American Muscle- The Geopolitics Behind US Dominance in World Politics


The United States of America is vast- both socially and geographically. What initially was 13 small colonies on North America’s Atlantic seaboard is now a transcontinental nation- the largest economy the world has ever seen, a place that people with Asian, European, Latin American and African ancestries can call home.

 It is also the third largest country in the world by area- extending from the Atlantic in the east to the Pacific in the west, consisting of mountain ranges, deserts, wetlands, lakes, plateaus, islands, flat plains and rivers. 

Geopolitically, the United States is ideally located in a friendly neighbourhood, with allies to the north and south- Canada and Mexico respectively. The Atlantic Ocean acts as a physical barrier between it and Europe, due to which much of the political instability on the continent in the twentieth century was not felt in in the US. 

An isolationist policy was followed and there was overwhelming public support for keeping out of conflicts in Europe and Asia after the first world war and Great Depression. However, this policy came to an end in 1942, with the Hawaiian naval base of Pear Harbour being attacked by the Japanese. This led to the US being involved in the second world war.

While much of Western Europe and Eastern Asia was devastated, the USSR, like the US, was less so. The partnership between the two broke down, now that their common enemy, Nazi Germany no longer existed. 

Thence, started the Cold War- an ideological war that continued all the way up to 1991, when the Soviet Union collapsed. This ideological conflict was one between capitalism and socialism and was fought through many proxy wars between the two super powers in Korea and Vietnam and was evident on continental Europe, with late British Prime Minister Winston Churchill calling the divide between capitalistic western Europe and communist Eastern Europe an ‘iron curtain’.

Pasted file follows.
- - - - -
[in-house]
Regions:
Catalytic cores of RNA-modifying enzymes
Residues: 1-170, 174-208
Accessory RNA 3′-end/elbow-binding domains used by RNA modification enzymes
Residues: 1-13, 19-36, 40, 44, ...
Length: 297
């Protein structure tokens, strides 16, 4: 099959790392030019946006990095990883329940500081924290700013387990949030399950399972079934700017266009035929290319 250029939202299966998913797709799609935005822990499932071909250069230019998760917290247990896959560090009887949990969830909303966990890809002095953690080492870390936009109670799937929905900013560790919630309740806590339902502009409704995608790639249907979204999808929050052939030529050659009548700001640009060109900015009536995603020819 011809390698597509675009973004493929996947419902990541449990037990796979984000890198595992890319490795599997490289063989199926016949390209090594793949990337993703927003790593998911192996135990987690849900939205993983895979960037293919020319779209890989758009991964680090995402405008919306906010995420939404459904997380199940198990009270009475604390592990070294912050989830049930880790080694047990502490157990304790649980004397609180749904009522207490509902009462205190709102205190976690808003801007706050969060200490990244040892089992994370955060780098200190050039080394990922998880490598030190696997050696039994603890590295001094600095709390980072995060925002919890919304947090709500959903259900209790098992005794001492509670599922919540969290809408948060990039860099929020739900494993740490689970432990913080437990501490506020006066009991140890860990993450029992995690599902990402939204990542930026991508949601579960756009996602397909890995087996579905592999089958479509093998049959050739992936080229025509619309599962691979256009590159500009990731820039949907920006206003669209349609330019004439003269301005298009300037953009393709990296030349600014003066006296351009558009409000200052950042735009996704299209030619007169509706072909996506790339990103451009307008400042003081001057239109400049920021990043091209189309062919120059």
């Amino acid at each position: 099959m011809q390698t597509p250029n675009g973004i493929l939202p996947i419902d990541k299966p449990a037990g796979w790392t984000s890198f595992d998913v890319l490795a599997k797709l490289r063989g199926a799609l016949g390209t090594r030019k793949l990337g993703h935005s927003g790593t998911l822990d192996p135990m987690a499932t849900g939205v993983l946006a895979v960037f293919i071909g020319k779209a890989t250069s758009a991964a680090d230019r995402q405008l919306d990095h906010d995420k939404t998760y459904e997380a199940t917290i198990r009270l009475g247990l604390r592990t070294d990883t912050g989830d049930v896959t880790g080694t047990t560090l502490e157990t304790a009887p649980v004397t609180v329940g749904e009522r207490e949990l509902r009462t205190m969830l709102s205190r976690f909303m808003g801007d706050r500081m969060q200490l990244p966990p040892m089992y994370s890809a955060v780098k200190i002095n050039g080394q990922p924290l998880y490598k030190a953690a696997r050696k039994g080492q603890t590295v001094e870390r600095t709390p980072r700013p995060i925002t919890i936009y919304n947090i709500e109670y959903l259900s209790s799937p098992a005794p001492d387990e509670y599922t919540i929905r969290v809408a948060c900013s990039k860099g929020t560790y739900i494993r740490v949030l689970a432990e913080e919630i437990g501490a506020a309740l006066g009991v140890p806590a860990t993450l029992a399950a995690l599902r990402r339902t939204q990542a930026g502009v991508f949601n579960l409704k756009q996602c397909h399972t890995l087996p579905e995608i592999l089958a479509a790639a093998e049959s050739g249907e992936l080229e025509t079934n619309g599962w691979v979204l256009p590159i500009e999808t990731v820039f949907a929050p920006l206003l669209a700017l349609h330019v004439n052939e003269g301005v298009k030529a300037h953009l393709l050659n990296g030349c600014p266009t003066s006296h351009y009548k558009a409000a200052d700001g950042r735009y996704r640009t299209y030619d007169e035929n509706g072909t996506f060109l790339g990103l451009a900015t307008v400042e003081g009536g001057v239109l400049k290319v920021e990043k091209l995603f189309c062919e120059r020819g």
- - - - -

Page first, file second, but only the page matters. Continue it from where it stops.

A rising Russia?

The Soviet Union collapsed in 1991, marking the end of a bipolar era, where two powers- it and the US dominated much of world politics. The new world was now unipolar, with the United States outpowering every other major nation in the world. 

Russia underwent a painstaking process of transforming its economy from being a communist to a capitalistic one and it took more than a decade for it to recover from the economic shock of the disintegration. 

Meanwhile, the US had built its military bases in what the USSR considered its ‘near abroad’- the Baltic states of Estonia, Latvia and Lithuania and Poland in Eastern Europe. There was now a US military base just 800 kilometres west of Moscow in Latvia, and all of USSR’s previous Eastern European satellite states had become NATO or European Union (EU) members by 2014, barring Ukraine and Belarus. Having Finland and Denmark as allies also meant that the US could keep a check on Russian Air Force activity in the Baltic Sea region, as had occurred when the Royal Danish Air Force intercepted a Russian bomber near the island of Bornholm in the Baltic Sea in August 2017.

Russia also lacks a proper navy, since it does not have a warm water port- a harbour where water does not freeze for months on end during the winter. This lack of a warm water port was also partly why Putin invaded Crimea. He wanted to secure Sevastopol port for himself, and to use it as a base for a potential Russian navy. However, Sevastopol is located by the Black Sea- which is an inland sea. In order to access the Mediterranean Sea, ships have to cross through the Bosporus Strait which is controlled by Turkey, a US ally and NATO member since 1952. This is also why Russia is supporting the incumbent Bashar al-Assad government in Syria- it has a naval facility in Tartus, on Syria’s Mediterranean coast and a stable Syria would enable Russia to develop this port further and increase its influence in the Mediterranean Sea, that is so heavily dominated by NATO and EU navies.

Therefore, Russia has been choked by the United States and its allies at crucial locations around its neighbourhood and as American diplomats would like to think, this has largely thwarted the rise of a Russia that could threaten the US’s status as the largest power.

Can a Rising Dragon Threaten the Bald Eagle?